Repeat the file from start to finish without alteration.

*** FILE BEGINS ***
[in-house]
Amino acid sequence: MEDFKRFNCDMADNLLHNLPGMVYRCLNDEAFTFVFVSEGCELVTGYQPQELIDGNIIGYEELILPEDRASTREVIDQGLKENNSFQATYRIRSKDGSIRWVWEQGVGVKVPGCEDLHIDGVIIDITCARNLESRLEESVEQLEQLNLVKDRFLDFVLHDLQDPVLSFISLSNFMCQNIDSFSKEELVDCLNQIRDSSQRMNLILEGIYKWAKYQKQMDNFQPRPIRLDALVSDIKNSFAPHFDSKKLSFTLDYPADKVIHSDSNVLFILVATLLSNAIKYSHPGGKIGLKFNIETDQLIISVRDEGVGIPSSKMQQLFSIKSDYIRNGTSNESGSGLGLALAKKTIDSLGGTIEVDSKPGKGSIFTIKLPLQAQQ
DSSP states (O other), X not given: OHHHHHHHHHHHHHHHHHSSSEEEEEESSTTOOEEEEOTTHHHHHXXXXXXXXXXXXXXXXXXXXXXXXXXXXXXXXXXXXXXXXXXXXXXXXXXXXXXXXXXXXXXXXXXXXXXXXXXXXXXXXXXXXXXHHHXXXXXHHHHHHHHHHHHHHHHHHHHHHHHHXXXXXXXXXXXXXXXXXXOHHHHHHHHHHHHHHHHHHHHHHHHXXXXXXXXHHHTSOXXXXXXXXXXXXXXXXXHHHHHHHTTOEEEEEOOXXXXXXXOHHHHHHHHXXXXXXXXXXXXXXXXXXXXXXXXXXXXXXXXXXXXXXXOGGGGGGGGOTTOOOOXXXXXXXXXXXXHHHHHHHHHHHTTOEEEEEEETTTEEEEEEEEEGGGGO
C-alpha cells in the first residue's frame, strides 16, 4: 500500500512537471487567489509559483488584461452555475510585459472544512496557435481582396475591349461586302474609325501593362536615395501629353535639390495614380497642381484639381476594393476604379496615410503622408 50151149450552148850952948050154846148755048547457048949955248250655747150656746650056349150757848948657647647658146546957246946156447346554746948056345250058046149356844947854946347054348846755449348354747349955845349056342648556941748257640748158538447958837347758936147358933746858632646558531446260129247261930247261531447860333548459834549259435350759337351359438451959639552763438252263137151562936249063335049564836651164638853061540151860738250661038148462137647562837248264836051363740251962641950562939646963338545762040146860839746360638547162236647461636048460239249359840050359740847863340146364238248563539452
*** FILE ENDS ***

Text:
[in-house]
Amino acid sequence: MEDFKRFNCDMADNLLHNLPGMVYRCLNDEAFTFVFVSEGCELVTGYQPQELIDGNIIGYEELILPEDRASTREVIDQGLKENNSFQATYRIRSKDGSIRWVWEQGVGVKVPGCEDLHIDGVIIDITCARNLESRLEESVEQLEQLNLVKDRFLDFVLHDLQDPVLSFISLSNFMCQNIDSFSKEELVDCLNQIRDSSQRMNLILEGIYKWAKYQKQMDNFQPRPIRLDALVSDIKNSFAPHFDSKKLSFTLDYPADKVIHSDSNVLFILVATLLSNAIKYSHPGGKIGLKFNIETDQLIISVRDEGVGIPSSKMQQLFSIKSDYIRNGTSNESGSGLGLALAKKTIDSLGGTIEVDSKPGKGSIFTIKLPLQAQQ
DSSP states (O other), X not given: OHHHHHHHHHHHHHHHHHSSSEEEEEESSTTOOEEEEOTTHHHHHXXXXXXXXXXXXXXXXXXXXXXXXXXXXXXXXXXXXXXXXXXXXXXXXXXXXXXXXXXXXXXXXXXXXXXXXXXXXXXXXXXXXXXHHHXXXXXHHHHHHHHHHHHHHHHHHHHHHHHHXXXXXXXXXXXXXXXXXXOHHHHHHHHHHHHHHHHHHHHHHHHXXXXXXXXHHHTSOXXXXXXXXXXXXXXXXXHHHHHHHTTOEEEEEOOXXXXXXXOHHHHHHHHXXXXXXXXXXXXXXXXXXXXXXXXXXXXXXXXXXXXXXXOGGGGGGGGOTTOOOOXXXXXXXXXXXXHHHHHHHHHHHTTOEEEEEEETTTEEEEEEEEEGGGGO
C-alpha cells in the first residue's frame, strides 16, 4: 500500500512537471487567489509559483488584461452555475510585459472544512496557435481582396475591349461586302474609325501593362536615395501629353535639390495614380497642381484639381476594393476604379496615410503622408 50151149450552148850952948050154846148755048547457048949955248250655747150656746650056349150757848948657647647658146546957246946156447346554746948056345250058046149356844947854946347054348846755449348354747349955845349056342648556941748257640748158538447958837347758936147358933746858632646558531446260129247261930247261531447860333548459834549259435350759337351359438451959639552763438252263137151562936249063335049564836651164638853061540151860738250661038148462137647562837248264836051363740251962641950562939646963338545762040146860839746360638547162236647461636048460239249359840050359740847863340146364238248563539452